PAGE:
Have a safe sleep!
By Deborah Holmes
(Part I of III)
Editor's note: In the coastal Maine town of Bucksport, Doug and Jeanne Robinson have transformed an old bank building into a unique home and stained-glass studio. The Robinsons were in the midst of the project when I first visited them in 2001. Now the property is completed, and I've since paid a followup visit.
Doug and Jeanne Robinson traveled and worked around the globe as they raised their family. With the kids now grown, the couple began looking for a something they'd never had - a place to put down roots.
They tried Florida, only to see their charming little town near Orlando transformed into a traffic-snarled jumble of economy hotels and restaurants.
Thus began a four-year search for the perfect place to retire. The Robinsons considered grand Victorians in San Francisco and an old water mill in the picturesque North Carolina Mountains.
Then they chose to invest their dreams - and considerable retirement money - in Bucksport, a small, industrial Downeast Maine town. Their "home" isn't a house at all, but the 1910 commercial bank building pictured below.
"I know some of the locals think of us as 'those fools who are spending all that money that old bank,'" says Doug, a database manager whose idea of retirement is flying to Philadelphia every other week to oversee a massive database conversion project. "But others are happy that something is being done with this building."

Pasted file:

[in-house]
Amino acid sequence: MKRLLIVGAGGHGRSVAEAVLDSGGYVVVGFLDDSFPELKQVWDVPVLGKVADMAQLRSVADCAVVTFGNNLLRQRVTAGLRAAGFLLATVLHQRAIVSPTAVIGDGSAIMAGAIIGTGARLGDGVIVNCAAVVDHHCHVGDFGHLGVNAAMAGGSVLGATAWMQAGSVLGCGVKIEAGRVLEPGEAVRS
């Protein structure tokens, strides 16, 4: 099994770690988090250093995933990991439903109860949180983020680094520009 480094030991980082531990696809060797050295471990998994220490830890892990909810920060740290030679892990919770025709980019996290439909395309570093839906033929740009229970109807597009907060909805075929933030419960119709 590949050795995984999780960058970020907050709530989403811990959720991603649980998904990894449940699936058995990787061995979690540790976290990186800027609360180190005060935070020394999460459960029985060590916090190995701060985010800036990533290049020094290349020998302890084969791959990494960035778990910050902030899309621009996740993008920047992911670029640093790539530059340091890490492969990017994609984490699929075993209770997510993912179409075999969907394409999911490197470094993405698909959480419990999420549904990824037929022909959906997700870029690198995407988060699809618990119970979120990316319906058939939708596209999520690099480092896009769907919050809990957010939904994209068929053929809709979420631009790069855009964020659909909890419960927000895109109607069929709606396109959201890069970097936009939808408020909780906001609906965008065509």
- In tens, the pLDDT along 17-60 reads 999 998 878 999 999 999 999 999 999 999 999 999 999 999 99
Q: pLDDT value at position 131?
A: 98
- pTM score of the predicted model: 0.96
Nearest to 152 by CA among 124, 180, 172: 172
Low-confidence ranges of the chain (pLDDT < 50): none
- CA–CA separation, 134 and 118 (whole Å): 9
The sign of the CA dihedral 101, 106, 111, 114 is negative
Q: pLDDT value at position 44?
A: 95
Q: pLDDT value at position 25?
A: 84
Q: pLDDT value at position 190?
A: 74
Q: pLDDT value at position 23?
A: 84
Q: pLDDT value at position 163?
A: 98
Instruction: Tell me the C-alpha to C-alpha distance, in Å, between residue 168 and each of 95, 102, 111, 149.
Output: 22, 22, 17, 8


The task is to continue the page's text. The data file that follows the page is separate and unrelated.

"It's better than turning it into a pizza parlor," he adds, referring the sometimes awkward attempts at remodeling historic commercial buildings.
In fact, The Old Bank -- as the Robinsons call it -- was briefly considered for use as a bar, restaurant and office space.
The building, formerly occupied by Merrill Trust Company and then Fleet Bank, was sold to an investor in 1984.
It sat mostly vacant until the Robinsons discovered it.
Government preservation experts for the US Department of the Interior - those folks who write and publish the Preservation Briefs that determine, among other things the eligibility of a building for federal tax credits -- approve of the use of commercial buildings for residences, provided the commercial appearance of the building is retained while accommodating the new use.
The Robinsons also had a few requirements for their new home:
- The area had to be beautiful.
- The town had to be quiet and small, but with signs of measured growth and commercial activity.
- The building had to be structurally intact and architecturally interesting. The Robinsons nearly bought an old grist mill in North Carolina, but decided the structural work required would be too expensive.
The town of Bucksport and the vacant, solid Old Bank seemed to fit the Robinson's needs.
- The first floor windows of The Old Bank offer a view of the grand edifice of Fort Knox, a 19th century granite installation rising above the banks of the Penobscot River.
- Bucksport sits 40 miles from Bar Harbor and Acadia National Park, a town and recreation are that attracts 3 million visitors a year. Bucksport is not on the most heavily traveled routes to Acadia, but does get a surge in traffic from park visitors in the summer. The town boasts a new marina and a growing commerical strip.